What are the most important things to know before buying children's shoes? We asked Jamie Taylor, director of One Small Step, One Giant Leap - whose footwear concessions can be found in Fenwick Kingston and Newcastle - to give us the answers.
What do you need to know before buying kids shoes? We asked Jamie Taylor, director of One Small Step, One Giant Leap, to answer all of our questions.
###### How much on average do children’s feet grow per year? We had a presentation from a podiatrist recently who said that between the age of nought to four, children’s feet grow two sizes per year on average. From four onwards, it’s one size per year. That’s the case for around 85 per cent of children. Feet aren’t fully developed until they reach the early teens. Until then, bones are still forming so children should be careful not to wear ill-fitting shoes, which could impact on their foot growth. ###### What are the best pre-walker shoes? The key is getting the ankle support right and also having a flexible sole and upper. Funnily enough, podiatrists state that the best thing at this age (around 12 to 18 months) is not to wear shoes. But obviously when they go outside they do need to wear them. Start-rite shoes are the best as they offer flexible styles with good ankle support. It’s important to get variety on their instep, hence why you see a lot of Velcro shoes to achieve that flexibility. With Velcro, shoes aren’t too tight or too loose.
###### How often should toddlers have their feet measured? They should be measured and fitted every six weeks when they are pre-school age, as the rate of growth is so disproportionate. They can have such a big growth spurt in just four weeks. ###### Does one pair of school shoes last the year? Yes, a good-fitted pair should. There is a myth about not buying shoes at the beginning of the school holiday because children’s feet might grow by the time school starts, but unless you have a child that is growing very quickly, they should last at least nine months. ##### Can I hand shoes down to siblings? No, because that first child has worn those shoes in a way that is moulded around their feet. And leather being a flexible material will shape itself accordingly. The second sibling may have a completely different foot shape.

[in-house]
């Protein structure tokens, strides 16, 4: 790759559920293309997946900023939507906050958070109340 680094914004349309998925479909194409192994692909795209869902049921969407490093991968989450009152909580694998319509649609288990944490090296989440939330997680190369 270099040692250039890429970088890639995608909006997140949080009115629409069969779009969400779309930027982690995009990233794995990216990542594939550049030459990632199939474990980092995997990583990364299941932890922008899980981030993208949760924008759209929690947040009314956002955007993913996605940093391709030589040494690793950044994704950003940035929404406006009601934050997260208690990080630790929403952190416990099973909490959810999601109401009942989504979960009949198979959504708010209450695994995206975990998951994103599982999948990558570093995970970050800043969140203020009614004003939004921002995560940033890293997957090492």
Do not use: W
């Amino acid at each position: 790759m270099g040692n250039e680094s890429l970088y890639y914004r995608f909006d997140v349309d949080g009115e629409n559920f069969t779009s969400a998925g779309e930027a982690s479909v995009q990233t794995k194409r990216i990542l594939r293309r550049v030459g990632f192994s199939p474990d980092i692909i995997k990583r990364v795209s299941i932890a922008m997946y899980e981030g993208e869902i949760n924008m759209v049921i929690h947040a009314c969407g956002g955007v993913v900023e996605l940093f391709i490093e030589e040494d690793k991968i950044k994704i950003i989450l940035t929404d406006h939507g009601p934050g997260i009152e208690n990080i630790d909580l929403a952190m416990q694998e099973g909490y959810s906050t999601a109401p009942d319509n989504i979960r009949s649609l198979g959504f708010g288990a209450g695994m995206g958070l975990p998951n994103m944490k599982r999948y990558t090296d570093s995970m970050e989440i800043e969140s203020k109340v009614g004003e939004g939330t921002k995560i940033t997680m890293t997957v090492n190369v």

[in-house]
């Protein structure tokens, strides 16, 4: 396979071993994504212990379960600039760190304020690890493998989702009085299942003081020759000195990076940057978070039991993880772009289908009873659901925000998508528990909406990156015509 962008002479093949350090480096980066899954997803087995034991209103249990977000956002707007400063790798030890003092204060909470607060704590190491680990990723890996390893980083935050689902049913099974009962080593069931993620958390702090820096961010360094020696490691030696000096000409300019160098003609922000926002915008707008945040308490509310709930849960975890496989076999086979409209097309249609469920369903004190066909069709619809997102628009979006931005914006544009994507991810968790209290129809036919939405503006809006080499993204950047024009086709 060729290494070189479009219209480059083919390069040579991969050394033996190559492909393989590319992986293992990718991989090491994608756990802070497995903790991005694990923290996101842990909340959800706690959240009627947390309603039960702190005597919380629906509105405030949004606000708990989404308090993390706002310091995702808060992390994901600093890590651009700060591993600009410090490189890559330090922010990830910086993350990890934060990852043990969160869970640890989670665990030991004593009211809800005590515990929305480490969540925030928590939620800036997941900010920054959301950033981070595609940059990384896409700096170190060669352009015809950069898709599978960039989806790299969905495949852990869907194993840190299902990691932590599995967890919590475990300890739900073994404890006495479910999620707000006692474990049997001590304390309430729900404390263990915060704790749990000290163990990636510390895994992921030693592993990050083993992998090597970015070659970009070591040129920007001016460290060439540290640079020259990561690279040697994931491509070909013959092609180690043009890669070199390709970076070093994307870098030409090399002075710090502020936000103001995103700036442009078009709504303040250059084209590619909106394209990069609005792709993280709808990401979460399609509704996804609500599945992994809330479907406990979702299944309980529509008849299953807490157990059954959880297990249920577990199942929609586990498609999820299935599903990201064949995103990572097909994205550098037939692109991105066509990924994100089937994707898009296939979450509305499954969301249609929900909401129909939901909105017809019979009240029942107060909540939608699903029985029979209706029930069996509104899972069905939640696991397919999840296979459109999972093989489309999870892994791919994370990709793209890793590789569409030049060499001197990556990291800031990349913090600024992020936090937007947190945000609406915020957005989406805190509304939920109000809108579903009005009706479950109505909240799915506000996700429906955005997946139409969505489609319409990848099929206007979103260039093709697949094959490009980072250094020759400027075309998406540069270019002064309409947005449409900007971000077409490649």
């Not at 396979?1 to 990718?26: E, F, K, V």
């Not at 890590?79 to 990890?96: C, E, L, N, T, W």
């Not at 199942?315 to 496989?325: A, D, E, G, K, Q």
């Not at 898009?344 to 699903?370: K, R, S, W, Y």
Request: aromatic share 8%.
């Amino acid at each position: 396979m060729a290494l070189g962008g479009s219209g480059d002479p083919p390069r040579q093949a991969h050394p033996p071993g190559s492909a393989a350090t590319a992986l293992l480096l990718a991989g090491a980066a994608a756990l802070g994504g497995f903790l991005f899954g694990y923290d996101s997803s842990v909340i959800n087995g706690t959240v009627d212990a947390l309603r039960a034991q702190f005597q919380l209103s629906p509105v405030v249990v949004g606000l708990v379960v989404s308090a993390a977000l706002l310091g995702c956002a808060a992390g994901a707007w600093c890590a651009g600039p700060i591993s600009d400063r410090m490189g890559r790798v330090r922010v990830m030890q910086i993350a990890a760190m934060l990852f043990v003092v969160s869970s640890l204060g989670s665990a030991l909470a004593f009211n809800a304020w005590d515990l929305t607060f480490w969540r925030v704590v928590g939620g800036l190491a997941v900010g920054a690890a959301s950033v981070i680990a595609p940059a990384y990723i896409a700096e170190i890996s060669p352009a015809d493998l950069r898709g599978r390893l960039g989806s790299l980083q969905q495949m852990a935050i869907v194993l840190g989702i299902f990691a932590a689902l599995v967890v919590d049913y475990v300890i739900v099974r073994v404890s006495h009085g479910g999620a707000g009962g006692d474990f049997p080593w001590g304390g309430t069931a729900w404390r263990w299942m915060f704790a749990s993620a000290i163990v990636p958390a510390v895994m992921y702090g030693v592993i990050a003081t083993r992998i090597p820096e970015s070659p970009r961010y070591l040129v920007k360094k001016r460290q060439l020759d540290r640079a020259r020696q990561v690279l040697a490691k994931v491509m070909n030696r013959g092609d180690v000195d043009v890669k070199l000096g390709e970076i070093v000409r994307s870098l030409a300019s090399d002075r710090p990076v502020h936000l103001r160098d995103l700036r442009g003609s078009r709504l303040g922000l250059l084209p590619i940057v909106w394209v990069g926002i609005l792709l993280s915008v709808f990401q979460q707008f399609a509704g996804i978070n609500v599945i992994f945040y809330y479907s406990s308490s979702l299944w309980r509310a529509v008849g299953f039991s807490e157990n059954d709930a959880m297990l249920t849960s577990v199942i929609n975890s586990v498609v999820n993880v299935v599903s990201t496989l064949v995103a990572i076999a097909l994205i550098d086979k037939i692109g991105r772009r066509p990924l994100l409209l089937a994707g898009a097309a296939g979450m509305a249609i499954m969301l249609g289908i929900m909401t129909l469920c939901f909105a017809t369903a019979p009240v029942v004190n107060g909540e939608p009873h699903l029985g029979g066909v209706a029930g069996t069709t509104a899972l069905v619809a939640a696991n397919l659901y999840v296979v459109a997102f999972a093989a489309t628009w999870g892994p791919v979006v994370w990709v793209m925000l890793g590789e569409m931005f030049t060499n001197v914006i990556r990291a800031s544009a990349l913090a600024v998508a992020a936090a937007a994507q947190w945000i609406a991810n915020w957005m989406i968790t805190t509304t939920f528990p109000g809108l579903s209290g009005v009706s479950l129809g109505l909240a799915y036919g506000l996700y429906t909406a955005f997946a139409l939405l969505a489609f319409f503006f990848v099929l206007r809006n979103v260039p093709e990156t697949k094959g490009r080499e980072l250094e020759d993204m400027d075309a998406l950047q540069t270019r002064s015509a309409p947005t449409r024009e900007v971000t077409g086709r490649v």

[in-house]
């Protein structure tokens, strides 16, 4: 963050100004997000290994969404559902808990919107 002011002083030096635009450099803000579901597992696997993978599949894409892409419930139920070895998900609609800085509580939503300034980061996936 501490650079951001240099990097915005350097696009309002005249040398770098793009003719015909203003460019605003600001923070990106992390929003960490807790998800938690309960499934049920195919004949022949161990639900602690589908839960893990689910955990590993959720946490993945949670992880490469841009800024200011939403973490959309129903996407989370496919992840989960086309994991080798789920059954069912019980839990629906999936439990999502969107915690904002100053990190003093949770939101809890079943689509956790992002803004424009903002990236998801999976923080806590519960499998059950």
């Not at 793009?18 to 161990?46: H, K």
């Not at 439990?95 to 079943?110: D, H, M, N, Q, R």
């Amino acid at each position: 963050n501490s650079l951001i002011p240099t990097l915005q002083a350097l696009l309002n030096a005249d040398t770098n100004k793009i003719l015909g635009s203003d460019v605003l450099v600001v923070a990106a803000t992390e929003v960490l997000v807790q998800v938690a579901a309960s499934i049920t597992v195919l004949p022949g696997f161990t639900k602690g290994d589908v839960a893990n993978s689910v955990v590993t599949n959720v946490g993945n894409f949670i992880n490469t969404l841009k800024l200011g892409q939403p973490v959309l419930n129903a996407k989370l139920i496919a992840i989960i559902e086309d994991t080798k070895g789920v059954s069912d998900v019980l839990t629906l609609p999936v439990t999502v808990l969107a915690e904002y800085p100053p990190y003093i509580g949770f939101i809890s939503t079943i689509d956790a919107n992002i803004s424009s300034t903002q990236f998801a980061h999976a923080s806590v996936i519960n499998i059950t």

###### Which shoes should be avoided? It’s critical that pre-walkers get proper ankle support. And also the support at the back of the foot is important too. Non-specialist shoe brands often don’t offer the necessary support of proper, fitted options. With these sorts of shoes, you run the risk of the foot bed being very rigid, which doesn’t take into account the needs of a child’s growing foot. I would also advise wearing shoes that are made from natural materials. Man-made versions make the feet sweat. At least the uppers should be made of leather, if not also the insides. It sounds obvious but parents also forget to make sure that their children wear properly fitting socks. Often we have children coming to get their feet measured who are wearing an older sibling’s socks and that can alter the shoe size as much as half a size out.
###### What are the top three brands you’d recommend? Start-Rite, Geox and Max & May. Start-Rite do half sizes and width fittings. Also, with our brand Max & May we fit first so we don’t go in for style over substance. There are some lovely European brands which do lovely looking styles but, unlike British brands, they sometimes use leather that is too stiff for a child. Or they will offer a lace-up style which is impractical for a three year old. ###### Finally, how do you make their shoes last longer? It’s down to lifestyle and how much they wear that particular pair but for activities such as scooting we offer shoes that have an inbuilt bumper to prevent the shoes wearing down so quickly.